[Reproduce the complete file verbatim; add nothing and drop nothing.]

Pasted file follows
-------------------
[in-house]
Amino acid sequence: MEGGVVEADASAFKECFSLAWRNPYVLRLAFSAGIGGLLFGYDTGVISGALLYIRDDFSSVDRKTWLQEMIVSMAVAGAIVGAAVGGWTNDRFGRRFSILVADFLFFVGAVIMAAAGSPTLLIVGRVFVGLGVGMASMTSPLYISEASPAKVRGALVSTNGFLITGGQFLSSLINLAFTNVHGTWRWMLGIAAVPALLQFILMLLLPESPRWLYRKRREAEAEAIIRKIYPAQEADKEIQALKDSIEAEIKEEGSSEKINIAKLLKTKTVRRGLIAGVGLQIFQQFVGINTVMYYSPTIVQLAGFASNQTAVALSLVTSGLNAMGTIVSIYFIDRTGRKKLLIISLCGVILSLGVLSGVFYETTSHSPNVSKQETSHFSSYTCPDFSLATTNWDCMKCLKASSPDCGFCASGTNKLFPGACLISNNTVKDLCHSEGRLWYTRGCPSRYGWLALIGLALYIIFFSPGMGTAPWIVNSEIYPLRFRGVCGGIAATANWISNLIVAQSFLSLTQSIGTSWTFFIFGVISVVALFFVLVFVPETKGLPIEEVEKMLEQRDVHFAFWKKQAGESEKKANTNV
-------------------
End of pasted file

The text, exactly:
[in-house]
Amino acid sequence: MEGGVVEADASAFKECFSLAWRNPYVLRLAFSAGIGGLLFGYDTGVISGALLYIRDDFSSVDRKTWLQEMIVSMAVAGAIVGAAVGGWTNDRFGRRFSILVADFLFFVGAVIMAAAGSPTLLIVGRVFVGLGVGMASMTSPLYISEASPAKVRGALVSTNGFLITGGQFLSSLINLAFTNVHGTWRWMLGIAAVPALLQFILMLLLPESPRWLYRKRREAEAEAIIRKIYPAQEADKEIQALKDSIEAEIKEEGSSEKINIAKLLKTKTVRRGLIAGVGLQIFQQFVGINTVMYYSPTIVQLAGFASNQTAVALSLVTSGLNAMGTIVSIYFIDRTGRKKLLIISLCGVILSLGVLSGVFYETTSHSPNVSKQETSHFSSYTCPDFSLATTNWDCMKCLKASSPDCGFCASGTNKLFPGACLISNNTVKDLCHSEGRLWYTRGCPSRYGWLALIGLALYIIFFSPGMGTAPWIVNSEIYPLRFRGVCGGIAATANWISNLIVAQSFLSLTQSIGTSWTFFIFGVISVVALFFVLVFVPETKGLPIEEVEKMLEQRDVHFAFWKKQAGESEKKANTNV